Promising new insights: the immune response following a stroke


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In a recent paper, researchers have found that CD8+ regulatory-like T cells release neuroprotective molecules in the brain following a stroke, which may limit inflammation and subsequent brain damage (Figure 1).  These protective effects were observed in ischemic stroke in mice.

Figure 1: Graphical abstract (Cai, et al., 2022).

In this paper, the researchers described a subset of CD8+ regulatory-like T cells which act as the first phase/response to a stroke. These cells are found to migrate to the site of ischemic injury within 24 hours after a stroke in response to various hormonal signals. From there they release hormones and molecules involved in several neuroprotective functions. Importantly, the development of CD8+ TRLs as a stable treatment could provide an effective therapeutic for stroke treatment.

This paper described the process of which CD8+TRLs enter the brain much, which is faster than any other regulatory immune cells. Researchers reduced CD8+ TRLs from the bloodstream of mice whom had a stroke and found that the size of the brain region affected by ischemia expanded by 50% compared to animals whose CD8+TRL levels remained intact.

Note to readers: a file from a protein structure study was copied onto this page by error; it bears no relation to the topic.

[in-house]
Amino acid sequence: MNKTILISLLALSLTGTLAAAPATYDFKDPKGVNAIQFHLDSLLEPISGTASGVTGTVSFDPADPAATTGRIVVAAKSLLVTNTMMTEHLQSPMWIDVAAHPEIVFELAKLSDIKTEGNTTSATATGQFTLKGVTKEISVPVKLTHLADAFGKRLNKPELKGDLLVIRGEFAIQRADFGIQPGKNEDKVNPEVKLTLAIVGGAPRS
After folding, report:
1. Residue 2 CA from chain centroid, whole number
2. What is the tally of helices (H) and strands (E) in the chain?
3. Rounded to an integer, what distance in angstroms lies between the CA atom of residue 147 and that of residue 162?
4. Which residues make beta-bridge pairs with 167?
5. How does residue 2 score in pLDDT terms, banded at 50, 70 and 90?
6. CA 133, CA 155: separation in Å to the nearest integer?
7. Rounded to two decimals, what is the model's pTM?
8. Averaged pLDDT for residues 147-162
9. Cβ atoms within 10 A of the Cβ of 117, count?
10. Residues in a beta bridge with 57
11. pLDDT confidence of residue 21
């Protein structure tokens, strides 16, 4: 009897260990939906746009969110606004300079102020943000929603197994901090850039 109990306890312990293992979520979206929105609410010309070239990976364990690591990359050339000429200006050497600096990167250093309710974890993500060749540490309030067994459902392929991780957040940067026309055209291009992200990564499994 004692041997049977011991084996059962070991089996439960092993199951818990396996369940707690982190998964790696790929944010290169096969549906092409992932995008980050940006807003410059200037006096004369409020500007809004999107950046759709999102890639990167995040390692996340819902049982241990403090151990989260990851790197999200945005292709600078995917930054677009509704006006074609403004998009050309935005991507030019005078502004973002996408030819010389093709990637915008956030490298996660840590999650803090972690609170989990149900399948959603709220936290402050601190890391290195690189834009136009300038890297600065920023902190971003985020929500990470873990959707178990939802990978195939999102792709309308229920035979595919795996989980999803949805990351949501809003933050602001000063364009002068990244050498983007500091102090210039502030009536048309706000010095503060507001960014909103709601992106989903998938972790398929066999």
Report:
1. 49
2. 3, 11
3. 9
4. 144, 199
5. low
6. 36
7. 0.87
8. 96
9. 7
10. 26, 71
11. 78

In their own words:

In sum, our results suggest that the early infiltration of CD8+ TRLs naturally limits infarct expansion in the ischemic brain and that adoptive transfer of CD8+ TRLs offers a potentially novel immunotherapy for stroke. This study sheds further light on mechanisms underlying the reduction of acute ischemic brain injury by CD8+ TRLs and the resulting functional recovery, thereby improving our mechanistic understanding of immunomodulation of stroke outcomes and accelerating breakthroughs against an intractable brain disorder that has defied effective treatment.”

Journal article: Cai, W., et al., 2022. Neuroprotection against ischemic stroke requires a specific class of early responder T cells in mice. Journal of Clinical Investigation.

Summary by Stefan Botha

 
 
 
 
 
 
International Union of Immunological SocietiesUniversity of South AfricaInstitute of Infectious Disease and Molecular MedicineElizabeth Glazer Pediatric Aids FoundationStellenbosch University